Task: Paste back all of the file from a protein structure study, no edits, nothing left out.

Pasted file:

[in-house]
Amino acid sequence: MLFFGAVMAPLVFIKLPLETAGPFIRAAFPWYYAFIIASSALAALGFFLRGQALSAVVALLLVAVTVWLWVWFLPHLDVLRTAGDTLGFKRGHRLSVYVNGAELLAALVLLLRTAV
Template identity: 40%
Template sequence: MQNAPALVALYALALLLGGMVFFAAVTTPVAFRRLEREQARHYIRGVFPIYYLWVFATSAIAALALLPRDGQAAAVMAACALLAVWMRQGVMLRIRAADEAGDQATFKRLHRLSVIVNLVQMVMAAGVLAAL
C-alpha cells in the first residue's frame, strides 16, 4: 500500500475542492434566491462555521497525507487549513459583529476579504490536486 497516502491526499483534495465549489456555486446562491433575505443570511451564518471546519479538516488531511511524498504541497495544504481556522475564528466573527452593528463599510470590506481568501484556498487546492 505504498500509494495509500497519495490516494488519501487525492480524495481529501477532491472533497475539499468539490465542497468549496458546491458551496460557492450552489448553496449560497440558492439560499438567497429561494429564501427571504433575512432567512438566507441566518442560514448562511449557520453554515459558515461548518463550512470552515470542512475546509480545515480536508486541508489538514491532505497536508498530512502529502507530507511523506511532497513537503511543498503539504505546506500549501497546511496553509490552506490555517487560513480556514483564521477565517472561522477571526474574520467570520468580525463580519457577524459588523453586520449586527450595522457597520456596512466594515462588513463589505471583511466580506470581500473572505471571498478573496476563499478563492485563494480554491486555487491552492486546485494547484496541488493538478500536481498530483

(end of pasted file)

[in-house]
Amino acid sequence: MLFFGAVMAPLVFIKLPLETAGPFIRAAFPWYYAFIIASSALAALGFFLRGQALSAVVALLLVAVTVWLWVWFLPHLDVLRTAGDTLGFKRGHRLSVYVNGAELLAALVLLLRTAV
Template identity: 40%
Template sequence: MQNAPALVALYALALLLGGMVFFAAVTTPVAFRRLEREQARHYIRGVFPIYYLWVFATSAIAALALLPRDGQAAAVMAACALLAVWMRQGVMLRIRAADEAGDQATFKRLHRLSVIVNLVQMVMAAGVLAAL
C-alpha cells in the first residue's frame, strides 16, 4: 500500500475542492434566491462555521497525507487549513459583529476579504490536486 497516502491526499483534495465549489456555486446562491433575505443570511451564518471546519479538516488531511511524498504541497495544504481556522475564528466573527452593528463599510470590506481568501484556498487546492 505504498500509494495509500497519495490516494488519501487525492480524495481529501477532491472533497475539499468539490465542497468549496458546491458551496460557492450552489448553496449560497440558492439560499438567497429561494429564501427571504433575512432567512438566507441566518442560514448562511449557520453554515459558515461548518463550512470552515470542512475546509480545515480536508486541508489538514491532505497536508498530512502529502507530507511523506511532497513537503511543498503539504505546506500549501497546511496553509490552506490555517487560513480556514483564521477565517472561522477571526474574520467570520468580525463580519457577524459588523453586520449586527450595522457597520456596512466594515462588513463589505471583511466580506470581500473572505471571498478573496476563499478563492485563494480554491486555487491552492486546485494547484496541488493538478500536481498530483